John added that KDAN is a “busy airport” for the size of the population it serves. During a recent VIR event, many million-dollar corporate aircraft needed to be parked on the smaller crosswind runway due to lack of space. Potential debris from that runway, which was in disrepair, could have easily damaged the aircraft. Not only that, but when Caesars of Virginia and VIR both have events, there could be fuel supply issues. It is not as if you can run down to the corner store to pick up 100 gallons of jet fuel or call the local paving company and throw down some more crush and run gravel.
An additional 20,000-gallon jet fuel tank is required. The FBO operation obtains most of its revenue from fuel sales. These are some big dots that need to be connected.
John said a prime factor in a CEO’s decision to purchase a local company would be whether the airport could handle the needs of the corporate jet. KDAN can. On any given day, there is likely to be an AU aircraft on the taxiway with a HondaJet and a Gulfstream G550. There might even be a 1938 P-40 Warhawk or a C-130. And KDAN can handle them all. If visitors need concierge-style hospitality solutions or pilot amenities like an updated lounge, shower, or kitchen facility, it’s available. Airframe and Powerplant services are available as well. These may be small dots that make big impressions on visitors.
Averett University is definitely an anchor client at KDAN. “Having an airport facility in good shape is a great asset and is key to attracting new students and retaining them,” said Chief Flight Instructor Travis Williams. Travis has been serving for 18 years and is an AU alumnus himself. He manages 17 flight instructors and said Averett has alumni flying for companies all over the world. In the last year, the AU program has seen an increase of 20 percent. Aside from the program growth, Travis is most proud of the program’s safety record. Considering that a student spends four years on a degree and typically another couple of years on additional certifications and flight hours, the economic impact to the community is significant. I would call Averett’s presence at the Danville Regional Airport a cluster of dots that solidify the college’s place in this puzzle.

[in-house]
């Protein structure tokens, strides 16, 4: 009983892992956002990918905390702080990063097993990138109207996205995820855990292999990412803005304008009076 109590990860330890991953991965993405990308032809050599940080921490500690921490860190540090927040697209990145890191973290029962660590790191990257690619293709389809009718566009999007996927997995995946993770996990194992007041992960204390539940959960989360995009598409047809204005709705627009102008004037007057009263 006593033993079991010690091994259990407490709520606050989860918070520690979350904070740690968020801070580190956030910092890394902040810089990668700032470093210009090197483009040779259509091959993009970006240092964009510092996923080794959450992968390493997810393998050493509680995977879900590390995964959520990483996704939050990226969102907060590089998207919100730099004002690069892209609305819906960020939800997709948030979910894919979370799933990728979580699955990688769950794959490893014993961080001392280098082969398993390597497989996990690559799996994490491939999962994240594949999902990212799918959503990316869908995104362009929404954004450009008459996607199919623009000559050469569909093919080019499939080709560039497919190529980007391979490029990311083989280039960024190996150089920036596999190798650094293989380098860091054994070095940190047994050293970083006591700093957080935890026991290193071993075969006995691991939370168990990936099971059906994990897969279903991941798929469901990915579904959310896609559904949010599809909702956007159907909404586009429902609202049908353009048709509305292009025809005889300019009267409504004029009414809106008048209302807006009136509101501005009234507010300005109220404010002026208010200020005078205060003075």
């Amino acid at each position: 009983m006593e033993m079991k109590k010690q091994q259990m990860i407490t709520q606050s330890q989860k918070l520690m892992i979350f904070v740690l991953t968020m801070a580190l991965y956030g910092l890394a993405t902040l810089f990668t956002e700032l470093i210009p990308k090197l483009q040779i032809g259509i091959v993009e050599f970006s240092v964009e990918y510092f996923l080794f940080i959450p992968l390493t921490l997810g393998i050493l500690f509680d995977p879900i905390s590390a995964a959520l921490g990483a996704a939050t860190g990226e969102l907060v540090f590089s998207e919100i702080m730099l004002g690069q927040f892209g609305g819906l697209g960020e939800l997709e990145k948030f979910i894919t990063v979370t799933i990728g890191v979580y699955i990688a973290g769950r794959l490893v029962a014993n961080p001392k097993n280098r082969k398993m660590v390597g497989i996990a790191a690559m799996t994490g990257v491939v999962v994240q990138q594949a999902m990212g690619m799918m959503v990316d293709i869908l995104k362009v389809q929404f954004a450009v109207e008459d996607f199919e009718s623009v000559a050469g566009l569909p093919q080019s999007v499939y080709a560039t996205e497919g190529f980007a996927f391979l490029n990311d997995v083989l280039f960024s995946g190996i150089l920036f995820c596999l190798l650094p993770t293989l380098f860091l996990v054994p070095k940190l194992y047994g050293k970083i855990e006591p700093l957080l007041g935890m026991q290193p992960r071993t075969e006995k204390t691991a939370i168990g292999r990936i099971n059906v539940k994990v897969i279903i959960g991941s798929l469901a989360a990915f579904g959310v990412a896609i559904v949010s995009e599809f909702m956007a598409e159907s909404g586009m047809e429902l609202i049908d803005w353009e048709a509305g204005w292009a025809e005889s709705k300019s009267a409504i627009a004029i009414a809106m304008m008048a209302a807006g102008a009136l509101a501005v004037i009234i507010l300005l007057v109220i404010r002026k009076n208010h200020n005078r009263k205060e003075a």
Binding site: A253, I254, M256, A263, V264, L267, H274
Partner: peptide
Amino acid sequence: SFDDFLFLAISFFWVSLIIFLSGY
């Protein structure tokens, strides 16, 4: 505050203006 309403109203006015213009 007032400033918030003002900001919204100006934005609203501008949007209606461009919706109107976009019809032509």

Phillip Hall, Airport Commission chairman, said the terminal renovation allows Danville to become the standard of general aviation facilities. Cheryl McLeskey, Region 5 Virginia Aviation Board director, gave glowing feedback on the progress of the renovation. The push and pull of design decisions, along with the administrative competence needed to navigate the funding and supply chain challenges through different agencies, was no doubt significant. Marc Adelman was definitely the Pilot in Command on the project, but I saw firsthand the result of great collaboration of effort at the terminal. From coordination of design and functionality in the public areas, to the wall art depicting the inviting beauty of sights and destinations in the region, it all works.
Phillip Hall said it well: “Danville is growing in so many ways and the airport is one of the first impressions Danville can make on key visitors to our city. Updating runways, aprons, hangars, and the terminal has been a quantum step forward for this facility.”
The runway side of the terminal building, or The Canopy, as it is known, should be finished and welcoming visitors by June 2023, completing Phase 1 of the Danville Regional Airport renovation. Well done, City of Danville. I can’t wait for the next visit to KDAN to see all the dots connected.
424 Airport Drive
Danville, VA 24540
Learn about the author at https://ncvamedia.com/authors/paul-liggitt/